Superfund Research Program

Are There Links Between Selenium Intake and Bladder Cancer?

View Research Brief as PDF(135KB)

Release Date: 05/06/2009

Background: Funded by SBRP for more than 13 years, Dr. Margaret Karagas has led a series of large-scale epidemiologic studies in New England to characterize the risk of cancer associated with exposures to environmentally relevant levels of arsenic. Her interdisciplinary research group, which includes epidemiologists, molecular biologists, biostatisticians, pathologists, clinical investigators, chemists, and geologists, has:

  • Developed and tested ultra-trace analytic methods to measure and speciate multiple metals in environmental and biological samples.
  • Determined that measurement of arsenic in toenail samples can serve as a biomarker of low dose arsenic exposures.
  • Established a database of over 6,000 New Hampshire residents (controls, bladder cancer cases, and squamous and basal cell skin carcinoma cases) with extensive individual data, drinking water samples, biological samples, and tumor tissue samples.
  • Conducted GIS analyses of drinking water arsenic concentrations, identifying four distinct "clusters" of high household water arsenic levels, one near the Coakley Landfill Superfund site. Follow-on studies led to a geologically-based model of arsenic distribution in groundwater.

Using these tools, Dr. Karagas’ research group was the first to provide information regarding individual biomarker exposure to arsenic and risk of cancers in a geographically defined US population. Their work established an association between arsenic in drinking water and an increased risk of bladder cancer.

SBRP-funded research has identified other links between dietary intake and disease:

  • Dr. Mary Gamble, Columbia University SBRP, found that folic acid supplementation may reduce body stores of arsenic and contribute to the prevention of arsenic-induced illnesses.
  • Dr. Bernhard Hennig, University of Kentucky SBRP, determined that antioxidant nutrients can protect against endothelial cell damage mediated by PCBs, and that some dietary fats can increase endothelial dysfunction induced by PCBs.
  • Dr. Howard Hu, Harvard School of Public Health SBRP, found that calcium supplements can significantly reduce fetal lead exposure and toxicity by suppressing bone resorption in the pregnant mother.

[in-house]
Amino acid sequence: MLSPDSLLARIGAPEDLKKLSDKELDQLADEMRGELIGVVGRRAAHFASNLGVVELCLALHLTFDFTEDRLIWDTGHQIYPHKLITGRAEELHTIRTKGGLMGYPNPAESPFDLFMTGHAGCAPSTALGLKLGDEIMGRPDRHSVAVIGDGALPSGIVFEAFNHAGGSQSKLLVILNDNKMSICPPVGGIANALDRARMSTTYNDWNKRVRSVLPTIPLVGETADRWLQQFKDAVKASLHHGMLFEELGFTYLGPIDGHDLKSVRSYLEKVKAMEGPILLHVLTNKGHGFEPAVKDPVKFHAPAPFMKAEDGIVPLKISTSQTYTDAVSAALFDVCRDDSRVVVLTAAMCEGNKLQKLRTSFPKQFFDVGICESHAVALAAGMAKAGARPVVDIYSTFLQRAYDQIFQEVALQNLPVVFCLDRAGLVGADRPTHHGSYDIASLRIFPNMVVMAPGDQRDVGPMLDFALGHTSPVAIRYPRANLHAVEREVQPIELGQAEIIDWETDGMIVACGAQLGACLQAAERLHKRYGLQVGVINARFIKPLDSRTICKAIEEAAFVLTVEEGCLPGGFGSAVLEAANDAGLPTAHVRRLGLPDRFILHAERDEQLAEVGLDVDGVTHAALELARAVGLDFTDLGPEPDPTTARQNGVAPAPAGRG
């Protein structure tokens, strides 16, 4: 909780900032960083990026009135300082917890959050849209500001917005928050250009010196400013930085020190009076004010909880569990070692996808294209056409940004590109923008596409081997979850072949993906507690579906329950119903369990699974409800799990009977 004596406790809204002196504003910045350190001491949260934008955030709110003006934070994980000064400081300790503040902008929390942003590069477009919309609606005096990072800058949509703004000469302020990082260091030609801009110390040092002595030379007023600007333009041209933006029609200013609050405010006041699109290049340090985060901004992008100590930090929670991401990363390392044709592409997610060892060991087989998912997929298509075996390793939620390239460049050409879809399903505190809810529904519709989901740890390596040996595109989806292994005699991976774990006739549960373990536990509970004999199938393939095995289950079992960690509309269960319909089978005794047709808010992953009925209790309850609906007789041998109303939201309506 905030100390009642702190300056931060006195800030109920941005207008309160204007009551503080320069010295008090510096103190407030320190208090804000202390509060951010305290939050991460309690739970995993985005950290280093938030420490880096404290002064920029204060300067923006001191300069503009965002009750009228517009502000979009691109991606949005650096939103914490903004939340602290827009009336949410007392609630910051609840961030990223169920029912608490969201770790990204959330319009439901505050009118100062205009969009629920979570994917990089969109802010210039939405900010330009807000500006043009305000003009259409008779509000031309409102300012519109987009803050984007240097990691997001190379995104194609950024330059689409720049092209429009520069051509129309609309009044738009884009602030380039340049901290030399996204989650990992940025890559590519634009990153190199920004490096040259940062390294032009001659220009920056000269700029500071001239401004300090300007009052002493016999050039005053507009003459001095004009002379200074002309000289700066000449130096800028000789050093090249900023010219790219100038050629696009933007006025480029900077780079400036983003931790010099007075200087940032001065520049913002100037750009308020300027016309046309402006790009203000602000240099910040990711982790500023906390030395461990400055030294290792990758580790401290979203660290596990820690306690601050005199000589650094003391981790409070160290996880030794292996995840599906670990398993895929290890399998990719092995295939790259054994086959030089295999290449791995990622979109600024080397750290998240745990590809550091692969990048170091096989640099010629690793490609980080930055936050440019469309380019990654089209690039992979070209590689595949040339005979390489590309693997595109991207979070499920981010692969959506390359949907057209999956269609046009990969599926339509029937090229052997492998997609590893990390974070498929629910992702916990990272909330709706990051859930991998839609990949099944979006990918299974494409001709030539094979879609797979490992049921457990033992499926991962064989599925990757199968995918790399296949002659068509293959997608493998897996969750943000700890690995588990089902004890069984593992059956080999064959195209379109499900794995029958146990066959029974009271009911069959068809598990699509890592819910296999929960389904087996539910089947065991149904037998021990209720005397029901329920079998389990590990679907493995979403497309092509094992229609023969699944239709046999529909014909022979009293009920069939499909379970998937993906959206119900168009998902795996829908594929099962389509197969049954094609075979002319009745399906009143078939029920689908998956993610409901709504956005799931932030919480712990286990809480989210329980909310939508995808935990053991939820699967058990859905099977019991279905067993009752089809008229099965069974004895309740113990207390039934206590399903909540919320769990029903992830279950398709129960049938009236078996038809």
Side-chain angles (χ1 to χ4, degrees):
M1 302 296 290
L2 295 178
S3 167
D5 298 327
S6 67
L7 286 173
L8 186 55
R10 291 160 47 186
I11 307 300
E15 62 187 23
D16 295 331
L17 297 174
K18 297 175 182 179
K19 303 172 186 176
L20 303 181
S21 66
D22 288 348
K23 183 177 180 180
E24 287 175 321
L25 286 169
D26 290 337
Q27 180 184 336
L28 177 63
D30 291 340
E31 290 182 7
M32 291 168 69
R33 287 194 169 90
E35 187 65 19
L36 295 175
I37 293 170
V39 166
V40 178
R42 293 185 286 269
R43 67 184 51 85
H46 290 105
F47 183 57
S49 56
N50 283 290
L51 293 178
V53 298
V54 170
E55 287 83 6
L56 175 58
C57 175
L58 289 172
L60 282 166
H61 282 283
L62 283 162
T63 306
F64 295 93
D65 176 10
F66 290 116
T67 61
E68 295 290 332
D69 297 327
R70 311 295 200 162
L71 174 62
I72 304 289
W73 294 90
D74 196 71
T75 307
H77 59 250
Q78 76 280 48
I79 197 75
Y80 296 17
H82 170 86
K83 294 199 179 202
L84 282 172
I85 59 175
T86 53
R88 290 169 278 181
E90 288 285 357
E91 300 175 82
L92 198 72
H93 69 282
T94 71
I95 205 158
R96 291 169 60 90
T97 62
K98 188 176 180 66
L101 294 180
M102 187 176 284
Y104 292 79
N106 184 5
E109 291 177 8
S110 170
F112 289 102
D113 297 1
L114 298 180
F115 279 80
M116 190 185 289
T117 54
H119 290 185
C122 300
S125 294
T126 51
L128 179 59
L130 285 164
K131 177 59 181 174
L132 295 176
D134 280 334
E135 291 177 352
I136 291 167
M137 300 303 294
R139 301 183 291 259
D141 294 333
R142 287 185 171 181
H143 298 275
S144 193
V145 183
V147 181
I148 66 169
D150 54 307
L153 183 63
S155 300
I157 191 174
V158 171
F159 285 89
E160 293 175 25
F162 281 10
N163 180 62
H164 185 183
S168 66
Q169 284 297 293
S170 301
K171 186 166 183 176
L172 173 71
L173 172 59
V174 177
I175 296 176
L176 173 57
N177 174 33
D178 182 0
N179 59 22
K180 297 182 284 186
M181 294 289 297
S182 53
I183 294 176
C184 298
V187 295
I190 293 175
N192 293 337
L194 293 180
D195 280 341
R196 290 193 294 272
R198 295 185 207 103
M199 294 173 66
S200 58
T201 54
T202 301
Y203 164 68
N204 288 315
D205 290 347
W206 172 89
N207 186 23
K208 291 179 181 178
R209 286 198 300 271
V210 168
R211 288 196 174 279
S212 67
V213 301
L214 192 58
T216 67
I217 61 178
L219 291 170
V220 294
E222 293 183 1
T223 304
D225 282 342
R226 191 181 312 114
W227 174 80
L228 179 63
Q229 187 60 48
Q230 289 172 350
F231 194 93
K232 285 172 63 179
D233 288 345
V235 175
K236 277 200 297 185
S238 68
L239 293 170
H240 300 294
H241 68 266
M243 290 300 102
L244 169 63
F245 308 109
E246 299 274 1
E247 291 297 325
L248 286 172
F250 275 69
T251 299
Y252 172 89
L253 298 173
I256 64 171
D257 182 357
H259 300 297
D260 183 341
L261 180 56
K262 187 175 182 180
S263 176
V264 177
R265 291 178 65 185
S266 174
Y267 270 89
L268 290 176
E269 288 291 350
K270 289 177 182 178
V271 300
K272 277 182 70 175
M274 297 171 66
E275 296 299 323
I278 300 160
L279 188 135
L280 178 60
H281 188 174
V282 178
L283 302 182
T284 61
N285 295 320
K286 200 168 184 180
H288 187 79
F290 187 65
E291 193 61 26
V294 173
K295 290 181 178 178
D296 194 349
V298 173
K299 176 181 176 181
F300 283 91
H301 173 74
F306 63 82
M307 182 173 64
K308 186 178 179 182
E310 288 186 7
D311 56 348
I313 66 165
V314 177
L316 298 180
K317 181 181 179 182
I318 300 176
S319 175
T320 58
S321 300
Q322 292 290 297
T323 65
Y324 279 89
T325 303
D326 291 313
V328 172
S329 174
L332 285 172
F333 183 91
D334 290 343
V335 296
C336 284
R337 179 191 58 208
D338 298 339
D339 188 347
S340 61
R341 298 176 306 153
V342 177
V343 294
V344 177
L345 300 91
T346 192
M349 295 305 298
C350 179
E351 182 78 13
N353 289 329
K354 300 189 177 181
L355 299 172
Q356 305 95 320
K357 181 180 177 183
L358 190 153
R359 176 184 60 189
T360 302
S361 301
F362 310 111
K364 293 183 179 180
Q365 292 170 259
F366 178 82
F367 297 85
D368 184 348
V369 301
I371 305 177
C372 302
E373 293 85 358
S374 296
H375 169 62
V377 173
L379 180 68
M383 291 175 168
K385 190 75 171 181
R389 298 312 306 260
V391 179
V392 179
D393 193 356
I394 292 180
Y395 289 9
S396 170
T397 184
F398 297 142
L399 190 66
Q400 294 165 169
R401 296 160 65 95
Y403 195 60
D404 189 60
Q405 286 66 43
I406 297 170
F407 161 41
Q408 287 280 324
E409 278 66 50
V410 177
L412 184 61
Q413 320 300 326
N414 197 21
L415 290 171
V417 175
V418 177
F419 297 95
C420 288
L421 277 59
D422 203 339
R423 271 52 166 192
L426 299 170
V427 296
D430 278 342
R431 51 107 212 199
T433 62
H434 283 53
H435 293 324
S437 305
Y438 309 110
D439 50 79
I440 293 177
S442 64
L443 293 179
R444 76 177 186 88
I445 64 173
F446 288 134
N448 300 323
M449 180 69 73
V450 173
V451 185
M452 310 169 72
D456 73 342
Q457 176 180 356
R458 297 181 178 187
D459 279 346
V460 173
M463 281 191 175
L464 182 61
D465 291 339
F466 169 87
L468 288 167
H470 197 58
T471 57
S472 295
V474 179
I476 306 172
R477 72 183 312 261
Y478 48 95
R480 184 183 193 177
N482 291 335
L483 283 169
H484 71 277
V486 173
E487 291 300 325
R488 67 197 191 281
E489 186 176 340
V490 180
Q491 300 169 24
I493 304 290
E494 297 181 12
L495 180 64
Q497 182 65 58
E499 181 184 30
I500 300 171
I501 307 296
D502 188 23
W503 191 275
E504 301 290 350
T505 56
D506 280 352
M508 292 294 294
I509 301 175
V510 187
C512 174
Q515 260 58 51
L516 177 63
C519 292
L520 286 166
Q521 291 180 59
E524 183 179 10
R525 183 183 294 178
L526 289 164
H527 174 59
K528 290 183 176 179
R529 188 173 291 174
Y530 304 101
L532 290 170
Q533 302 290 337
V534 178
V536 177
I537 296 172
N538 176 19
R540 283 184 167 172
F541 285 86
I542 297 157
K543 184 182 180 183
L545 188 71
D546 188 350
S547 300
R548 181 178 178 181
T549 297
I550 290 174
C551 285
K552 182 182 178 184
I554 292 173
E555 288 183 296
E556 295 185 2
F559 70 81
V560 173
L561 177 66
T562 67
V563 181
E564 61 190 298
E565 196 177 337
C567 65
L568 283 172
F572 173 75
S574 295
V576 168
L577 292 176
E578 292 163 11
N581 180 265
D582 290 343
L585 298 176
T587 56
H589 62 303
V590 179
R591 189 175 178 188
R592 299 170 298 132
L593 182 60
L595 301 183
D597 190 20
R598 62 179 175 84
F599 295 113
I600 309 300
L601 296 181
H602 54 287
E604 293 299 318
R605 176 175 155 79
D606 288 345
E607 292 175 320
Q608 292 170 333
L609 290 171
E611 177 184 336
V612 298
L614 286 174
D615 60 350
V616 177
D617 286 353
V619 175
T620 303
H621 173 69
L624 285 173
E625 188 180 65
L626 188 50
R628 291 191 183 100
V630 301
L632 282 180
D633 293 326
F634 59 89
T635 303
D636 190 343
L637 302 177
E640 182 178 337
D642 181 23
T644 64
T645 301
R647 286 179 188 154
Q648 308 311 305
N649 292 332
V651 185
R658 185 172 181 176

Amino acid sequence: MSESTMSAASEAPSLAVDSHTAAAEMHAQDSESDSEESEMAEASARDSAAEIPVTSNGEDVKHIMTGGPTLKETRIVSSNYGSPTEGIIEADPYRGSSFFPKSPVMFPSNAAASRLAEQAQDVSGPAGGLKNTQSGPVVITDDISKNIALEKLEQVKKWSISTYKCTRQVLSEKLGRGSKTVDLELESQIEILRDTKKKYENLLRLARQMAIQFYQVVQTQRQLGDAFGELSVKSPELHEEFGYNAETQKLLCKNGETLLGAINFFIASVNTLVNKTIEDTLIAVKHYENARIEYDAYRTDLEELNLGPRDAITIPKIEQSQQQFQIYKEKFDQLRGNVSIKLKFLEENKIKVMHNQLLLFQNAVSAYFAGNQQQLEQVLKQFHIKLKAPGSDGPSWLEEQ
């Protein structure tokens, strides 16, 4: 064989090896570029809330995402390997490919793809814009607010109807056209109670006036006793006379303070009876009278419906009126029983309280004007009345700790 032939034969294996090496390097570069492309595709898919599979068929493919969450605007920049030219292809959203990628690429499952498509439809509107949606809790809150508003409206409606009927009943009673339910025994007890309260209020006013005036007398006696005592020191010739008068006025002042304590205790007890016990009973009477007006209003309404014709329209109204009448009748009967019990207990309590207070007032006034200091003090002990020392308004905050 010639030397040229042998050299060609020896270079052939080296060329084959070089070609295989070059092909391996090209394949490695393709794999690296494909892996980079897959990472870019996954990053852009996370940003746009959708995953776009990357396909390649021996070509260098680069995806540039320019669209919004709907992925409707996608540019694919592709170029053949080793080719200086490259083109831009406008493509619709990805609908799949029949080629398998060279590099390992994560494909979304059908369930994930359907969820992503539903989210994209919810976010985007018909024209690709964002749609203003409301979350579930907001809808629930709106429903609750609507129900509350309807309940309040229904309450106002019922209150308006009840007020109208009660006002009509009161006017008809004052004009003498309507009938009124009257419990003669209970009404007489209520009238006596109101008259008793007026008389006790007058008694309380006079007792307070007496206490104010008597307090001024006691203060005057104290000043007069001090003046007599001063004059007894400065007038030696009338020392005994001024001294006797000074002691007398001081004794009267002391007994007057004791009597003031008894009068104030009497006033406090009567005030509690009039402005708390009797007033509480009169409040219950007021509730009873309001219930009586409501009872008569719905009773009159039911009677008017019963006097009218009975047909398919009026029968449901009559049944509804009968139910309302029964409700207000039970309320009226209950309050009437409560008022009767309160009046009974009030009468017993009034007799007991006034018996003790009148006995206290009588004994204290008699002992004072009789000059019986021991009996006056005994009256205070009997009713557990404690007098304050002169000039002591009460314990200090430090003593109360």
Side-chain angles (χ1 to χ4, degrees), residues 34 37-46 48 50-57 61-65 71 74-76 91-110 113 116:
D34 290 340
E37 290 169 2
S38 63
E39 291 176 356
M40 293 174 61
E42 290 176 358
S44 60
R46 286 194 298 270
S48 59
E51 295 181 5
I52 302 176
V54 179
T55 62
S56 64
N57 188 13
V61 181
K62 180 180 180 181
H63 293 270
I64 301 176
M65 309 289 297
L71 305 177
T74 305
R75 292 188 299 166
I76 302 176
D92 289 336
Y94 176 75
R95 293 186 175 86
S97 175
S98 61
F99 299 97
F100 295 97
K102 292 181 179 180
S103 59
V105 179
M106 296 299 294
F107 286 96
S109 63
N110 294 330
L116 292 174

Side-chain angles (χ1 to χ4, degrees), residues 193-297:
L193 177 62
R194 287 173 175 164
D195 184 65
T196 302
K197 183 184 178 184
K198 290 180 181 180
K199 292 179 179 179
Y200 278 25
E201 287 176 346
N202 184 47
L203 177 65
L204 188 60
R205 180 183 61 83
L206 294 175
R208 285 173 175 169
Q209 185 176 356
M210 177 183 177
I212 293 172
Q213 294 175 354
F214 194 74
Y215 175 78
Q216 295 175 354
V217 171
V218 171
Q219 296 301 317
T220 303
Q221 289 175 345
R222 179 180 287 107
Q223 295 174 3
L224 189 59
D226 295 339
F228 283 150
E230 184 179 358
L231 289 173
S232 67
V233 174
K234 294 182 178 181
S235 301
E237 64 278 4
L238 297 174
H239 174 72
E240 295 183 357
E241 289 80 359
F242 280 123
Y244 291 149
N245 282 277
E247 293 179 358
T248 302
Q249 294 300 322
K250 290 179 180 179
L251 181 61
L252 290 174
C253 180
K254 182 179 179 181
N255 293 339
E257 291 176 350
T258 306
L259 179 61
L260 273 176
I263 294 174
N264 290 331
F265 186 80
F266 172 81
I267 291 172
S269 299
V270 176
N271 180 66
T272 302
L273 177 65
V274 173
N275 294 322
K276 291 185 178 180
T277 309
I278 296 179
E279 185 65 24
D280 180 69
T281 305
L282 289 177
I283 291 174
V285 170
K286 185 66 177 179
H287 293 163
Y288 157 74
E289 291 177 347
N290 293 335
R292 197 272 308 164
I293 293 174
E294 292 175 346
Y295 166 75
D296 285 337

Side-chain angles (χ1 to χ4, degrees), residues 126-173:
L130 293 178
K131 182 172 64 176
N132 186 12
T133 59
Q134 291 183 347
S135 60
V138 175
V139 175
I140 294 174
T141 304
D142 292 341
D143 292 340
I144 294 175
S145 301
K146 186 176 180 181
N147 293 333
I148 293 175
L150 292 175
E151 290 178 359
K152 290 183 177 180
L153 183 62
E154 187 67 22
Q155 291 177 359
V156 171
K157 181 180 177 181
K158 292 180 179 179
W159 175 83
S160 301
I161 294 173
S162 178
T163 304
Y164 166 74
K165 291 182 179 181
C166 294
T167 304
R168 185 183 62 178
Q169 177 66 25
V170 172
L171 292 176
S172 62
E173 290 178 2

• Dr. Habibul Ahsan, Columbia University SBRP, is investigating selenium and vitamin E as chemopreventive agents against arsenic-induced diseases in Bangladesh.

Advances: Recent studies suggest that selenium intake may help prevent several types of cancer, including bladder cancer. To investigate the selenium-bladder cancer link and the mechanism by which selenium might act, Dr. Karagas’ group investigated the association of toenail selenium concentration with bladder cancer incidence in a large population-based case-control study from New Hampshire. In a publication led by postdoctoral fellow Dr. Kristin Wallace, they compared data from 857 bladder cancer cases and 1,191 general population controls, evaluating age, gender, smoking status (never, moderate, and heavy), pack-years of smoking, and histopathology including tumor stage and grade.

There may be several molecular pathways by which bladder cancer evolves. One hypothesis involves alterations in the p53 gene. In response to DNA damage, p53 normally mediates cell cycle arrest or apoptosis. To investigate this, Dr. Karagas’ study, in collaboration with uropathologist Dr. Alan Schned and investigators Drs. Karl Kelsey and Angeline Andrew, included classification of tumors according to the presence or absence of p53 alterations.

Overall, the researchers found that higher toenail selenium levels were not significantly associated with a lower risk of bladder cancer. However, they did find inverse associations (higher toenail selenium levels associated with lower risk of bladder cancer) in three subgroups:

  • Cases with p53 altered cancers
  • Moderate smokers
  • Women, although the association was not statistically significant

Significance: Several epidemiologic studies have observed inverse associations between selenium and the risk of bladder cancer. However, these were relatively small, often with less than 100 cases. With a much larger sample size, and unique histopathology data, this study raises the possibility that selenium may be preventive in certain molecular phenotypes of tumors (e.g., p53 altered) or within certain subsets of a population (e.g., women or moderate smokers).

For More Information Contact:

Margaret R Karagas
Dartmouth College
Geisel School of Medicine at Dartmouth Department of Epidemiology
7927 Rubin Building
Lebanon, New Hampshire 03756-1000
Phone: 603-653-9010
Email: margaret.karagas@dartmouth.edu

To learn more about this research, please refer to the following sources:

To receive monthly mailings of the Research Briefs, send your email address to srpinfo@niehs.nih.gov.